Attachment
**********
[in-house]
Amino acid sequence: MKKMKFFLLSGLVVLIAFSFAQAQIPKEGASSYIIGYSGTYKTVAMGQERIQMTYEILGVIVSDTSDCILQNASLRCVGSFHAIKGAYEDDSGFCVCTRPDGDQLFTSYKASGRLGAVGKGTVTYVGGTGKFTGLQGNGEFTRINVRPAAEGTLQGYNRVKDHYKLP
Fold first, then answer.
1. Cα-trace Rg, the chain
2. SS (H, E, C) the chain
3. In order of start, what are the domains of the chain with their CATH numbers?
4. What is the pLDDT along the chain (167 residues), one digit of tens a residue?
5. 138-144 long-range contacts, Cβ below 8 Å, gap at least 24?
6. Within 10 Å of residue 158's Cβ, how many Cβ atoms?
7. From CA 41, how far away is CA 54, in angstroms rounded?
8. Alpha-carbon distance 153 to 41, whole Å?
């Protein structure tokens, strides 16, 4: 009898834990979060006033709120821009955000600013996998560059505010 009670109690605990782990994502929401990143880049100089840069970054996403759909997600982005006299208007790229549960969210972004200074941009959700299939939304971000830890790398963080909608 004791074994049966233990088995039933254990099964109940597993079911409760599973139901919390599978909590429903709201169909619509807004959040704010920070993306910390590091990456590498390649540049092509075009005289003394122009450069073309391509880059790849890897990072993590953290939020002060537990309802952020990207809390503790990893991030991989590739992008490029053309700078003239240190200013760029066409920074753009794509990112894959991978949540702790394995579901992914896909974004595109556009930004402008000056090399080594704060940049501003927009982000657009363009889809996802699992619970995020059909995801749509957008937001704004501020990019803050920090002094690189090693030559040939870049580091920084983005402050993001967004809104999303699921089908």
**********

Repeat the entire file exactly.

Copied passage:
[in-house]
Amino acid sequence: MKKMKFFLLSGLVVLIAFSFAQAQIPKEGASSYIIGYSGTYKTVAMGQERIQMTYEILGVIVSDTSDCILQNASLRCVGSFHAIKGAYEDDSGFCVCTRPDGDQLFTSYKASGRLGAVGKGTVTYVGGTGKFTGLQGNGEFTRINVRPAAEGTLQGYNRVKDHYKLP
Fold first, then answer.
1. Cα-trace Rg, the chain
2. SS (H, E, C) the chain
3. In order of start, what are the domains of the chain with their CATH numbers?
4. What is the pLDDT along the chain (167 residues), one digit of tens a residue?
5. 138-144 long-range contacts, Cβ below 8 Å, gap at least 24?
6. Within 10 Å of residue 158's Cβ, how many Cβ atoms?
7. From CA 41, how far away is CA 54, in angstroms rounded?
8. Alpha-carbon distance 153 to 41, whole Å?
């Protein structure tokens, strides 16, 4: 009898834990979060006033709120821009955000600013996998560059505010 009670109690605990782990994502929401990143880049100089840069970054996403759909997600982005006299208007790229549960969210972004200074941009959700299939939304971000830890790398963080909608 004791074994049966233990088995039933254990099964109940597993079911409760599973139901919390599978909590429903709201169909619509807004959040704010920070993306910390590091990456590498390649540049092509075009005289003394122009450069073309391509880059790849890897990072993590953290939020002060537990309802952020990207809390503790990893991030991989590739992008490029053309700078003239240190200013760029066409920074753009794509990112894959991978949540702790394995579901992914896909974004595109556009930004402008000056090399080594704060940049501003927009982000657009363009889809996802699992619970995020059909995801749509957008937001704004501020990019803050920090002094690189090693030559040939870049580091920084983005402050993001967004809104999303699921089908």